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Kansas abortion rights battle will affect the many Missourians who cross state line

The stakes for the August vote over a Kansas constitutional amendment on abortion access were made clear by the leak of a draft U.S. Supreme Court opinion striking down federal abortion protection rights.

If the draft opinion becomes official, Kansans will still have abortion rights under the state constitution. But the so-called Value Them Both amendment approved by the Legislature last year would erase this right if Kansans approve the change at the polls on Aug. 2.

The vote in Kansas will have a major impact on Missourians’ access to abortion.

Missouri’s restrictive abortion laws, and the fact that the one abortion clinic in the state is in St. Louis, resulted in only 167 abortions being performed in Missouri in 2020. Meanwhile, 3,200 Missourians travelled to Kansas that year for an abortion and more than 6,000 to Illinois.

The Kansas amendment is a response to a 2019 state Supreme Court ruling that said the right to personal autonomy in the Kansas Constitution applies to a woman’s decision to terminate a pregnancy. The ruling stemmed from a 2015 lawsuit after the Legislature enacted a ban on dilation and evacuation, a procedure used for 95% of patients who terminate a pregnancy in the second trimester.

Abortion rights advocates said the procedure provides the safest medical care, while opponents called it barbaric and inhumane.

In a statement, the Value Them Both Coalition supporting the August amendment argued even with the nation’s highest court weighing in, Kansas laws are “among the most extreme in the nation.”

“If Kansans want to stop this, they must vote YES,” the statement said.

Should the amendment fail, abortion will remain legal in Kansas regardless of the U.S. Supreme Court’s opinion. If the amendment is approved and Roe v. Wade is overturned, the Kansas GOP legislative supermajority is expected to pursue abortion bans similar to other Republican-led states.

A bill introduced earlier this year in the Legislature would do just that, except those performed to save a fetus or remove a dead fetus after a miscarriage or stillbirth. There are no exceptions for rape or incest, and abortion would carry a 20-year prison sentence, among the most severe criminal penalties in the state.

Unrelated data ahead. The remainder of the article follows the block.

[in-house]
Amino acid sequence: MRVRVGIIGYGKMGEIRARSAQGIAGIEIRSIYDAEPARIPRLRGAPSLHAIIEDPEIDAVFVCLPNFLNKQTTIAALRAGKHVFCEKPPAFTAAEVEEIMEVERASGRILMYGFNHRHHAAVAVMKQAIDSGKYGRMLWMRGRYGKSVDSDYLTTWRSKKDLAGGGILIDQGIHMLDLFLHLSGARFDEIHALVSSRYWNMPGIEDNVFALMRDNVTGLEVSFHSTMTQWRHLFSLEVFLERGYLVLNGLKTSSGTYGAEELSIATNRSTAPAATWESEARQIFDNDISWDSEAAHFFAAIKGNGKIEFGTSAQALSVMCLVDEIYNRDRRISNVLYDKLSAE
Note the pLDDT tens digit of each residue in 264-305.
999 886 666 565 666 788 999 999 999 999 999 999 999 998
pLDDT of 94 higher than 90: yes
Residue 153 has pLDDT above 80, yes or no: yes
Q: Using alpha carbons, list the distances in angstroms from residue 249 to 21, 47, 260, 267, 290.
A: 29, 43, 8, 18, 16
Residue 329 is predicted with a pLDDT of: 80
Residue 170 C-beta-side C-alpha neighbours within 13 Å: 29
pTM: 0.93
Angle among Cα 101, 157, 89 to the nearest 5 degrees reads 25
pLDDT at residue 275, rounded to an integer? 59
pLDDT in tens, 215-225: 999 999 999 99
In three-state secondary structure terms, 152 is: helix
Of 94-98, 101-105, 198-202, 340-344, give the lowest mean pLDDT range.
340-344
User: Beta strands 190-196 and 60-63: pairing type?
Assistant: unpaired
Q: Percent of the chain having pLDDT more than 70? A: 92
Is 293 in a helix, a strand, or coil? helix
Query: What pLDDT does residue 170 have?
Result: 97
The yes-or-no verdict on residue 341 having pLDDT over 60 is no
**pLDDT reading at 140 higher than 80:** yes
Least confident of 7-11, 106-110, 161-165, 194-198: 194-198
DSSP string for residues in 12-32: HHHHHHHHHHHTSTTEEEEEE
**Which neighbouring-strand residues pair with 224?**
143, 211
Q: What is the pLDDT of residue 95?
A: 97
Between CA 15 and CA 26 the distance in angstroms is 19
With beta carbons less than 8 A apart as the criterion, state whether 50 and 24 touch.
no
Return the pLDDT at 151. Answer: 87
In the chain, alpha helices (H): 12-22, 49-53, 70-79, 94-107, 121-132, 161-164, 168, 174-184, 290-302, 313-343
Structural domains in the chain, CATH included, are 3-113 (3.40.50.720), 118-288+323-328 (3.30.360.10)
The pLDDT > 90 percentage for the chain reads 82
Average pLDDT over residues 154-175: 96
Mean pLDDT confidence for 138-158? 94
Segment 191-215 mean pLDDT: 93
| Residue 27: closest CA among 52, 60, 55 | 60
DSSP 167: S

“It is clear that the amendment proponents will push for a total ban on abortion as soon as possible — and with no exceptions for rape, incest or the life of the pregnant person — which is why it is imperative that Kansas’ constitutional protection for abortions be protected,” said Zack Gingrich-Gaylord, of the Wichita-based Trust Women.

Some states, such as Arizona and Wyoming, already have abortion bans in anticipation of the ruling. Earlier this year, Oklahoma approved a near-total ban on abortion, and Texas passed major abortion restrictions in 2021.

Gingrich-Gaylord said 26 states will or are likely to ban abortions outright if the draft opinion becomes official.

“While I don’t want to jump to conclusions based on a leaked draft, I want to reiterate that I’ve always believed that every woman’s reproductive decisions should be left to her and her physician. I will continue to oppose all regressive legislation which interferes with individual rights or freedoms, and threatens the economic strides we’ve made in recent years making Kansas a welcoming place to do business.”

Gov. Laura Kelly said she did not want to jump to conclusions based on a leaked draft, but reaffirmed her belief that woman’s reproductive decisions should be made between her and her doctor.

“I will continue to oppose all regressive legislation which interferes with individual rights or freedoms, and threatens the economic strides we’ve made in recent years making Kansas a welcoming place to do business,” Kelly said.

“I will reserve comment until the Supreme Court publishes its actual decision,” Schmidt said. “But whatever the U.S. Supreme Court’s final decision regarding federal law, it will not diminish the need for Kansans who favor the protections already enacted in state law to adopt the Value Them Both state constitutional amendment in August.”

This article is published from The Missouri Independent through a Creative Commons license.

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